Detroit bankruptcy judge holds hearing on water shutoffs

US Bankruptcy Judge Steven Rhodes heard arguments at the federal courthouse in downtown Detroit Monday from attorneys representing the city and a coalition of groups seeking a restraining order against the city’s water shutoff policy.

The coalition is made up of several organizations with connections to the Democratic Party, the trade unions and the civil rights establishment. These include the Workers World Party’s Moratorium Now (MN), the People’s Water Board (PWB), National Action Network (NAN) and Michigan Welfare Rights Organization (MWRO). The NAACP Legal Defense Fund and the American Civil Liberties Union of Michigan were retained by the coalition as consultants.

The hearing follows mediations ordered by Judge Rhodes between the Detroit Water and Sewerage Department (DWSD) and these organizations. In July, the DWSD implemented a temporary shutoff “pause” after Rhodes warned that anger over the city’s policy threatened to coalesce with opposition to pension cuts and other unpopular measures, endangering the entire bankruptcy process.

The present proceedings are in the main political theatre aimed at boosting the credibility of the judge as a supposedly “neutral arbiter” and facilitate the implementation of the city’s financial restructuring plan, which includes steps to privatize the water department and discontinue service to entire swathes of the city inhabited by low-income families. This charade has the support of the various liberal and supposedly “left” groups.

In her testimony, Maureen Taylor, chairperson of the Michigan Welfare Rights Organization and leading figure of the People’s Water Board, was effusive in her praise for the federal judge who has stripped retired city workers of their constitutional rights to pensions and provided a pseudo-legal justification for the entire bankruptcy conspiracy. “We engaged 21 attorneys to come to this wonderful Judge Rhodes to help us,” Taylor said.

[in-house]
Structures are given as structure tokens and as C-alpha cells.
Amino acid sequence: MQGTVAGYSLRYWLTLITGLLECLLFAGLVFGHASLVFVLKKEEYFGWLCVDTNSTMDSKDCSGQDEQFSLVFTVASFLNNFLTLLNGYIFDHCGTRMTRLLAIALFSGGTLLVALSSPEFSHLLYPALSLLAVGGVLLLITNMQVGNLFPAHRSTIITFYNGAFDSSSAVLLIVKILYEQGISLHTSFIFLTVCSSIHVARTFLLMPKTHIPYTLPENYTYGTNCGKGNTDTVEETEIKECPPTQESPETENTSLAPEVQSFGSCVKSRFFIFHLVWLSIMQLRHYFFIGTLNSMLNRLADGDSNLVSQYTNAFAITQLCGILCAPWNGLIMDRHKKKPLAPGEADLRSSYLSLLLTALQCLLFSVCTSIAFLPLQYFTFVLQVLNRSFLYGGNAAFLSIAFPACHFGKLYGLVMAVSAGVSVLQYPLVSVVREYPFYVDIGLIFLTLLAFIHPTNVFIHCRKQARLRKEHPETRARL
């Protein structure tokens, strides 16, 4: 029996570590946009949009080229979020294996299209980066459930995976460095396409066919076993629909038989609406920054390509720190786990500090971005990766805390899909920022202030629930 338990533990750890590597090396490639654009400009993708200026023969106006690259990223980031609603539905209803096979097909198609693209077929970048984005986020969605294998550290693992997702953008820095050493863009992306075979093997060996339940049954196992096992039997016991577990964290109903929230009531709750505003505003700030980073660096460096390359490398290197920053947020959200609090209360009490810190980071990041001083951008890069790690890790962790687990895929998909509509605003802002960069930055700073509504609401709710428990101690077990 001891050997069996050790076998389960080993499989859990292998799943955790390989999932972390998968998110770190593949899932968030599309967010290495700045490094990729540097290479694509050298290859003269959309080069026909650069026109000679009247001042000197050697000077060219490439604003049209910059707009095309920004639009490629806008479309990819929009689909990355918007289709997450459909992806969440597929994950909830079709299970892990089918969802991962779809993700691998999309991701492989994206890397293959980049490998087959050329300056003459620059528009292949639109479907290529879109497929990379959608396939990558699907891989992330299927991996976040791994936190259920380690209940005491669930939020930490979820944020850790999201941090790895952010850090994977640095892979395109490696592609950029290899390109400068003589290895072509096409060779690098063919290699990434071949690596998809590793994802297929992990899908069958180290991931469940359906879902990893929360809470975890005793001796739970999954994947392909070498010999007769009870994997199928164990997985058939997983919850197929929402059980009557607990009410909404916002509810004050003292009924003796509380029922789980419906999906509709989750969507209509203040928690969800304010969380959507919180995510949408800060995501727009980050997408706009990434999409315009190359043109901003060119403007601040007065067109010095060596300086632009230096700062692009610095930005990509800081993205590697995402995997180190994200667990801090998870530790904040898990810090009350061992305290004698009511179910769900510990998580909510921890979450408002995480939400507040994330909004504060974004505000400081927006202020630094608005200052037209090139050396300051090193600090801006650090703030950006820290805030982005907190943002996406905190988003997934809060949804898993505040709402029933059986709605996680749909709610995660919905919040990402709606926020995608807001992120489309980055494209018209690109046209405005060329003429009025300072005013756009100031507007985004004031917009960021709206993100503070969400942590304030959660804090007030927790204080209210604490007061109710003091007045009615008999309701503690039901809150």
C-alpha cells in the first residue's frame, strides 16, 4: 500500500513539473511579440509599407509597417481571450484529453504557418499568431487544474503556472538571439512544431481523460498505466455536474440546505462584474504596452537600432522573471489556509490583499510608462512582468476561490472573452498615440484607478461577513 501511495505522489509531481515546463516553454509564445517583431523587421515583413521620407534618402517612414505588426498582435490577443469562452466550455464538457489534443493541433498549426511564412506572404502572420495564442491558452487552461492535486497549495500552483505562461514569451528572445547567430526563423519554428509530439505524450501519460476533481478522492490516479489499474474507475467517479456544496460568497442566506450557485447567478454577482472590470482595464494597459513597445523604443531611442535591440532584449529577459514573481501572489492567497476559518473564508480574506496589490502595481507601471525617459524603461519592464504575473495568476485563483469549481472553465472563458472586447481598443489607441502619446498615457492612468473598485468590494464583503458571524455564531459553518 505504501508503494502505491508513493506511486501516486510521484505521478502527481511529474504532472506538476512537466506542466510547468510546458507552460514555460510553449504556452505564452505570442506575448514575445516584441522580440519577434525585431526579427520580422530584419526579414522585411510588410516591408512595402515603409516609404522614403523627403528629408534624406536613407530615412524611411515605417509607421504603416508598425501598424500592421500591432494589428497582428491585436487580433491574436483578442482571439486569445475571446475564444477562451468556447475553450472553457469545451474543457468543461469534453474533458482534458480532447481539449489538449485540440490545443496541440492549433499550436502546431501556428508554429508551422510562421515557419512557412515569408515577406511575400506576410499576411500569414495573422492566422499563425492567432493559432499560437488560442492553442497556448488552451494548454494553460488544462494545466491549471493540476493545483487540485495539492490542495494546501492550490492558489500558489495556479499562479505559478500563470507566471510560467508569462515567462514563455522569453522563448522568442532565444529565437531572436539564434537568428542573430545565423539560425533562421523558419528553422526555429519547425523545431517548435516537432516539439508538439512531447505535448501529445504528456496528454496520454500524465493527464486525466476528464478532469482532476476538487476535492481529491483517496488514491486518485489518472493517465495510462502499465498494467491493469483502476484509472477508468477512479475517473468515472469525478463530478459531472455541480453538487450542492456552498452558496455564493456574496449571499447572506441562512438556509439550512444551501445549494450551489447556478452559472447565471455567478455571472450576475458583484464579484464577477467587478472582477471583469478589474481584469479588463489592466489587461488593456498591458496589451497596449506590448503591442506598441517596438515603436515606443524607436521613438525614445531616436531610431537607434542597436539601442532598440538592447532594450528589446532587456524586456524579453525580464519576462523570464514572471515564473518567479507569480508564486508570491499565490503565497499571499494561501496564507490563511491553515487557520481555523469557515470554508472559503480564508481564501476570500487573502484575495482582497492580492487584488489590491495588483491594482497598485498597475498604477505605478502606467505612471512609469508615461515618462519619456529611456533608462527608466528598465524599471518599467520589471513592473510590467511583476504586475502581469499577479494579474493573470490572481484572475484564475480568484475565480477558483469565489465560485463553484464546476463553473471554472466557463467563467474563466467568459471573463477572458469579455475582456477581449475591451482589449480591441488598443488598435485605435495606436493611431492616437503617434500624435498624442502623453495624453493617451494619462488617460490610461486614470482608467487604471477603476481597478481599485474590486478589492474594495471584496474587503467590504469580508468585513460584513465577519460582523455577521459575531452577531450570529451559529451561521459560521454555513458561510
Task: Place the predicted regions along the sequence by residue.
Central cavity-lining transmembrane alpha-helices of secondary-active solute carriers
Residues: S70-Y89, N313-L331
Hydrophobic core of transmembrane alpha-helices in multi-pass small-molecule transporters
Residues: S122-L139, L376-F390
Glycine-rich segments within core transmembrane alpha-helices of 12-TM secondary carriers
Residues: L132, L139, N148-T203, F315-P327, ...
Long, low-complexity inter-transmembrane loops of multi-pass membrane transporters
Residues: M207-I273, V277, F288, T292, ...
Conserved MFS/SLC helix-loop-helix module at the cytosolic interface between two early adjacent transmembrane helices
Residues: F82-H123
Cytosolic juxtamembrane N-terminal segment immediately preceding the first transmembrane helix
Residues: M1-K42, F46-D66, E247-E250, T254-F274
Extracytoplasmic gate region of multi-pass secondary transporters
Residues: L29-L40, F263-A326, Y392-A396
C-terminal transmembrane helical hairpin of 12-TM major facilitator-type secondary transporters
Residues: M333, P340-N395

These groups are seeking a six-month temporary restraining order (TRO) blocking further water shutoffs. Alice Jennings, the lead attorney for the coalition, acknowledged, however, that this amounts to a two-month pause, given that shutoffs are generally suspended during winter when the frozen ground makes them difficult to carry out.

Without a flicker of shame, the director of the Detroit Water and Sewerage Department (DWSD), Sue McCormick, stated during her testimony that as soon as temperatures rise above 32 degrees Fahrenheit the department regularly resumes shutoffs.

McCormick acknowledged under cross-examination that DWSD orders shutoffs without warning residents in advance and without checking first to determine whether children, the elderly, or disabled persons were present in homes slated for shutoff, even though such warnings and checks are mandated by the department’s own rules.

The DWSD has ignored this rule for so long it is no longer binding, McCormick argued. “The practice of the department to modify its operations has been so longstanding that I do believe it is legal [despite the rule remaining on the books],” she said.

Sonal Mithani, a Miller Canfield attorney representing DWSD, argued that the demand for a temporary restraining order against shutoffs amounts to a demand for “free water,” which, she said, is prohibited by state law. Attorneys for the city cited state laws stemming from the Michigan Revenue Bond Act of 1933, which declares, “free service shall not be furnished” by a public entity, except in the case of medical care.

On this point, the lawyers for the coalition were in full agreement. Questioning their own witnesses, who had suffered shutoffs, they took every opportunity to reassure the court they were not in favor of free water, asking, in a derisive tone (which clearly suggested that the correct answer was “no”), “Are you looking for free water?”